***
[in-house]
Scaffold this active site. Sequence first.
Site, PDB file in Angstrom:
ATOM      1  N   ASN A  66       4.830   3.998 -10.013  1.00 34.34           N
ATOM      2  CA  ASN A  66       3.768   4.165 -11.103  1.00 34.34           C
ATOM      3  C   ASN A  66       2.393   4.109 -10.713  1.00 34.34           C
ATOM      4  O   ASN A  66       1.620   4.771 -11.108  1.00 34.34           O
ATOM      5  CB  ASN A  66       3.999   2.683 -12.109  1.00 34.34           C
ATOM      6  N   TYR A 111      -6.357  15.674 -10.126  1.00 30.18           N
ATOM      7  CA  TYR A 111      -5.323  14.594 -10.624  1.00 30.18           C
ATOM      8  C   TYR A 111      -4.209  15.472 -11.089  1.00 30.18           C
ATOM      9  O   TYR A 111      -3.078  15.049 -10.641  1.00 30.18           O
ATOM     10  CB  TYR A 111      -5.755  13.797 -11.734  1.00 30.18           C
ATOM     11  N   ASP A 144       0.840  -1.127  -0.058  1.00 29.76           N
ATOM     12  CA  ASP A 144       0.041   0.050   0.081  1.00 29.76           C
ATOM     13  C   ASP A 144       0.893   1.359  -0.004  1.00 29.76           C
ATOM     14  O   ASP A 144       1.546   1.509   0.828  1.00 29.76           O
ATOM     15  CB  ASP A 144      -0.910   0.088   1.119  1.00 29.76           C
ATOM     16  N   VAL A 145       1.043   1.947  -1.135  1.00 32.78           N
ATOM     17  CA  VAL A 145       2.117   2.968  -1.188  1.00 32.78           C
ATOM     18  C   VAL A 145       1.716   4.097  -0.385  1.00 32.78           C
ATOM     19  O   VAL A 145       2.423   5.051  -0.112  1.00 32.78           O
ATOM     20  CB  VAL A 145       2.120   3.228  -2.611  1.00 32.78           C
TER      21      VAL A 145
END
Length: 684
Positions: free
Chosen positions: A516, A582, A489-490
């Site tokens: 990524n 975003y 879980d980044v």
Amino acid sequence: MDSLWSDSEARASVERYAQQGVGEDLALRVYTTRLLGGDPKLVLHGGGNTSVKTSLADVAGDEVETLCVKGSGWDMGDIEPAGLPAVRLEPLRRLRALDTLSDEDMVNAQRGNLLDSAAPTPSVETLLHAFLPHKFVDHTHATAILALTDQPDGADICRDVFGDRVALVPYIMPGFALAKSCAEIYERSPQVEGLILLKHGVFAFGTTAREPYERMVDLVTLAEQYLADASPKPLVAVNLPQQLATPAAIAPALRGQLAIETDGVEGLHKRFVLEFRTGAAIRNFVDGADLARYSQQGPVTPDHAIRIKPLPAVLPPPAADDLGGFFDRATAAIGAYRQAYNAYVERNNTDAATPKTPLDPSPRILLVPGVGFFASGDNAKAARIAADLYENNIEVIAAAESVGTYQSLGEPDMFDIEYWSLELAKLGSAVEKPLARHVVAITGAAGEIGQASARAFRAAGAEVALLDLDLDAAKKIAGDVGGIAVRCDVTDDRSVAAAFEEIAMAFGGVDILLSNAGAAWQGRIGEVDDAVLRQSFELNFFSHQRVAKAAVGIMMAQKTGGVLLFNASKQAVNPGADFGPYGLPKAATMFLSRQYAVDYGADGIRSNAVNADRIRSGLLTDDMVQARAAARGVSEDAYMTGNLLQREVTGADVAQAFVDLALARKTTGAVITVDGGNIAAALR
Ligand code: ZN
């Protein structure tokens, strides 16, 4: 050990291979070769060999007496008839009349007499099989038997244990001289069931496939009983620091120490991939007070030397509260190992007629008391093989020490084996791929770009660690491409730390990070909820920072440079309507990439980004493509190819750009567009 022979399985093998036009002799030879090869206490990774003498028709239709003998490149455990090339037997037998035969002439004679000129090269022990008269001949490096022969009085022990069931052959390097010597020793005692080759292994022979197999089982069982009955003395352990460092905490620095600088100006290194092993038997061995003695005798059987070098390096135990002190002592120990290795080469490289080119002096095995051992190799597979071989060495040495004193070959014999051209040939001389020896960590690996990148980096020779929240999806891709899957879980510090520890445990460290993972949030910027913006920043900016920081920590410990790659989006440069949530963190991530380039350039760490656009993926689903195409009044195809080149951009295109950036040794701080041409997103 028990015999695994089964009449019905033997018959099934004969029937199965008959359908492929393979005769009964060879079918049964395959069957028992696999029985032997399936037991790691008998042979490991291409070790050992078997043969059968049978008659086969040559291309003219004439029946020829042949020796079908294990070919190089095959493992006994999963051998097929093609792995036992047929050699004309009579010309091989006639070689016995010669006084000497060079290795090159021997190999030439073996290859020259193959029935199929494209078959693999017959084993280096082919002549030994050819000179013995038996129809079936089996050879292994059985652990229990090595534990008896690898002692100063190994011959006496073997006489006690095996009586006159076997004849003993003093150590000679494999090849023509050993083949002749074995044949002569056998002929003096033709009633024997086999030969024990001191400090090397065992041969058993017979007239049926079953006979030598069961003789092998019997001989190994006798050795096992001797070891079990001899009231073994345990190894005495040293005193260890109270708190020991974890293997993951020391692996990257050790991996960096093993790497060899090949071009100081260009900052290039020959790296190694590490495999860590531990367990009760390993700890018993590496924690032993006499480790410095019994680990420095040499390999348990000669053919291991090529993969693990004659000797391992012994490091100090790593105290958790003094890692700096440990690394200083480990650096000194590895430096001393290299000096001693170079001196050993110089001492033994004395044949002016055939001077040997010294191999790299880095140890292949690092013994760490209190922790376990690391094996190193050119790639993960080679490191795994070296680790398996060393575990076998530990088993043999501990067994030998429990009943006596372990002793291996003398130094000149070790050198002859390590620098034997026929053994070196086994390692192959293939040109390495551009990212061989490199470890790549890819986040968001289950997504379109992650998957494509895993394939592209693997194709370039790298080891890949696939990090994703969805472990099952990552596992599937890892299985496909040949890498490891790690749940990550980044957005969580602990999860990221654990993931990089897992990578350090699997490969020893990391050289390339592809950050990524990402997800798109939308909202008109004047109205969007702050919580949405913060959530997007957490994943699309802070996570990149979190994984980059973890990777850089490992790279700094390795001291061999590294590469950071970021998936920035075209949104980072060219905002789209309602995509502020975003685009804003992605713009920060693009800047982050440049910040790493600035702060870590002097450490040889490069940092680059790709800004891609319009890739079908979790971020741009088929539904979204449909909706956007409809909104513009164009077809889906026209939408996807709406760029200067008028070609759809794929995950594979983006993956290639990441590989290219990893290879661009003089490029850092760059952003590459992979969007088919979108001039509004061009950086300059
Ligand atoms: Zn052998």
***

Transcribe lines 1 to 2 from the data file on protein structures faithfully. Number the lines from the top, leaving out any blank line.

[in-house]
Scaffold this active site. Sequence first.